Then in the nursing home, as he did at home, he never slept so refused to get ready to bed and his 1:1 had to accompany him around on his nightly walk abouts. I visited daily so I saw how the staff continually tried to encourage everyone, sometimes with a tantalising treat and if it was cake, my husband was always open to this bribe. He never sat down for five minutes and this concerned the staff because of his lack of sleep. We as a family would once he was sitting draw up a stool and sit immediately in front of him with our arms in his knees. We were blocking him in and he did try to stand but had to sit down again. It was fine for us to do this but was a a method that the Carers could not do.

    Maybe your Dad will be open to going to his room and bed once he is more familiar in his change of accommodation. It’s hard but other than encourage and keep on encouraging there really is nothing the staff can do.

    ps. I see you are having a meeting and yes your Dad has dementia which is the cause of his behaviour and you recognise that it is difficult but you would like to be assured that they are encouraging him not just asking once and then leaving him. Try the gently, gently approach to start with, having the staff in your side is a bonus but keep on because you need to be happy that your Dad is being cared for.
     
  5. Duggies-girl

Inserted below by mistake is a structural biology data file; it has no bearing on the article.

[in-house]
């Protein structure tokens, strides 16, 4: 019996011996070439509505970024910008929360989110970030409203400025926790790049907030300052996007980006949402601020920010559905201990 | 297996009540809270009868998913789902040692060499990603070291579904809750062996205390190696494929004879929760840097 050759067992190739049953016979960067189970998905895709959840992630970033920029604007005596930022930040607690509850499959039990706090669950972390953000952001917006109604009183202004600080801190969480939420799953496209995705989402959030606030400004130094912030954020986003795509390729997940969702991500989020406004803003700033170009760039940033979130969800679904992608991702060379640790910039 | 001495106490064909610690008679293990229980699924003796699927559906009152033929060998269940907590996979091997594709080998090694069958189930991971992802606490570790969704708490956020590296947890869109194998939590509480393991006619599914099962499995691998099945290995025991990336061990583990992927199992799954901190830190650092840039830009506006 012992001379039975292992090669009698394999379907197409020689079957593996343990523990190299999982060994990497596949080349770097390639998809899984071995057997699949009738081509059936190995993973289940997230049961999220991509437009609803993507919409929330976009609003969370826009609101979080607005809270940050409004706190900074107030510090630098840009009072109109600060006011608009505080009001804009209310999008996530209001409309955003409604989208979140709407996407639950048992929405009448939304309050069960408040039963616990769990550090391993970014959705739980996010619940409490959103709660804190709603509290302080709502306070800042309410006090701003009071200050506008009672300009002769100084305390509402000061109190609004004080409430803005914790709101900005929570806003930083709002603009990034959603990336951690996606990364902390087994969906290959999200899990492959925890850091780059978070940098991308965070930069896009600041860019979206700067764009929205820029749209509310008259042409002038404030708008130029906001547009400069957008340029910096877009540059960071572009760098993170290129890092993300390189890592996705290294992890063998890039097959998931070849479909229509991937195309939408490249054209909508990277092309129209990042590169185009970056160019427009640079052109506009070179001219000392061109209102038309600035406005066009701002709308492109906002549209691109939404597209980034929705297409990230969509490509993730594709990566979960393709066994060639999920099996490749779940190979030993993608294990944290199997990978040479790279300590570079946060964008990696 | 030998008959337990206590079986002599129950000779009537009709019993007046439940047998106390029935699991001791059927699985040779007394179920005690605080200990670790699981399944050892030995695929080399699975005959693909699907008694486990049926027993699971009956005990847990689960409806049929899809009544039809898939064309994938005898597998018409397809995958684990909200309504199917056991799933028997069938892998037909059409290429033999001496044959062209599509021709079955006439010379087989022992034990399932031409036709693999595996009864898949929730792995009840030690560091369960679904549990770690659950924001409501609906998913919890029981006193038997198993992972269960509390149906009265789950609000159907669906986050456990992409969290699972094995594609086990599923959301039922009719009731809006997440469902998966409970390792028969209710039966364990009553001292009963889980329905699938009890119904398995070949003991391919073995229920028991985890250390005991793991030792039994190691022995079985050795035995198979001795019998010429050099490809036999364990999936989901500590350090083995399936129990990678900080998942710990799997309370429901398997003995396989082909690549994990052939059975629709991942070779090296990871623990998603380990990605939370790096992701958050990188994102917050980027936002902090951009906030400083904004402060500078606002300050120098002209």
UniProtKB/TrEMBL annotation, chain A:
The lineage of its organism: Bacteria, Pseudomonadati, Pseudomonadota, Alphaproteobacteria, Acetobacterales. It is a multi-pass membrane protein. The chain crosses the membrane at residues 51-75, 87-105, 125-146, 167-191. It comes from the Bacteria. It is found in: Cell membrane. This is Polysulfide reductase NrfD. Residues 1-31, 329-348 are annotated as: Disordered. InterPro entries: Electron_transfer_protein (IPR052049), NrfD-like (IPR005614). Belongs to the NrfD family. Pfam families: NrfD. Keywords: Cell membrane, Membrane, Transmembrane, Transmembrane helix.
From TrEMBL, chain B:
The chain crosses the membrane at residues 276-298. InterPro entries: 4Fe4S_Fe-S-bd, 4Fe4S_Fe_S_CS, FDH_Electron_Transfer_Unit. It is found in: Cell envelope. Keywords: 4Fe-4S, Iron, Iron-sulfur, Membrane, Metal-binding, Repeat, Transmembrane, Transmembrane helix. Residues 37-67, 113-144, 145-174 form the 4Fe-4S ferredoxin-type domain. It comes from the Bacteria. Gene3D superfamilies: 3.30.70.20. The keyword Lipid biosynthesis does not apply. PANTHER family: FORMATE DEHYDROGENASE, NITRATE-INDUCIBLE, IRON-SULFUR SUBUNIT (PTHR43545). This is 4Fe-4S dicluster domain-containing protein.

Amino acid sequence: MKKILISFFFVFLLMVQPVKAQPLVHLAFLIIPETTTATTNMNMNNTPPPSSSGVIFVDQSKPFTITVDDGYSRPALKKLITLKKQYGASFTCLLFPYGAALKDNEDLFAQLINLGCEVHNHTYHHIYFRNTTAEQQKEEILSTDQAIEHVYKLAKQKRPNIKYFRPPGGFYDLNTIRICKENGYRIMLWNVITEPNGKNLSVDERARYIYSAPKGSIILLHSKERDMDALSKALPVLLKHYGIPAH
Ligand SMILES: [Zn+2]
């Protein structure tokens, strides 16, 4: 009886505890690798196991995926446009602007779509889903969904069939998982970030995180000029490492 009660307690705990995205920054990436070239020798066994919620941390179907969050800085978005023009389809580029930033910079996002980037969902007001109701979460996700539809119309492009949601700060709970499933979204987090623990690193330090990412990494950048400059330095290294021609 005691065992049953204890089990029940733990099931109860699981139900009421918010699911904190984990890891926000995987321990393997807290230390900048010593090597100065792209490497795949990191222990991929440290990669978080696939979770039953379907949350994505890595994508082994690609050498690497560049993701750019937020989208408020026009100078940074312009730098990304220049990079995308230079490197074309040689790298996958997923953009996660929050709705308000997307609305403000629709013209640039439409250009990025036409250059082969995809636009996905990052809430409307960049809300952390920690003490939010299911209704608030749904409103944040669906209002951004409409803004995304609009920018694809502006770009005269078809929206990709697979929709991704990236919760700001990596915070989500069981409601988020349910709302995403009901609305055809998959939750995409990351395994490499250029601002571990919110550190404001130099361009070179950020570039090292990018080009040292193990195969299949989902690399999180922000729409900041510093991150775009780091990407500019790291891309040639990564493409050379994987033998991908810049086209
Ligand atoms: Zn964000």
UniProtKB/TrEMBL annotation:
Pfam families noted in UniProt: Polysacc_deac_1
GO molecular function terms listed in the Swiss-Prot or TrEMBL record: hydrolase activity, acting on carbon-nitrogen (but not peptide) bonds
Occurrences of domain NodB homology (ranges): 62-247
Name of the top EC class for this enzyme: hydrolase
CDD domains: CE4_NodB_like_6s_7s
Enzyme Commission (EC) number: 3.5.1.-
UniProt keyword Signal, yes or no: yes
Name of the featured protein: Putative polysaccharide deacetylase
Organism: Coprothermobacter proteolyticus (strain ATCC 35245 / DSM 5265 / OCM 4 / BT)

Duggies-girl Registered User

    Sep 6, 2017
    1,470
    My dad had a hospital stay earlier this year and he sits in his chair all day. His mobility is not good and he walks with a frame. He is in his own home with one of us there at all times. He still goes to bed at night (sleeps in his pants) but he has no stairs to worry about.

    If he was in a nursing home then yes I would expect them to have a lift or something and make sure that he goes to bed at night.
     
  6. Devon123

    Devon123 New member

    Jul 9, 2019
    5
    Thank you for your responses. Feeling very sad. Had a meeting with manager, agreed that the room was unsuitable for my dads needs, but they would try and encourage him to go to bed. We are looking for somewhere more suitable.
    Visited yesterday where they had shaved off beard and hair without speaking with us first (my mum of nearly 60 years has never seen him without a beard). It was a big shock! Visited his room to put something in it only to find the room had all the furniture / personal belongs removed as new carpet being fitted tomorrow after I investigated further. Just wondered how they think they are going to put Dad to bed! They agreed to put the bed back in the room but I not sure I believe them. Where do we go from here???? Trying to remain calm.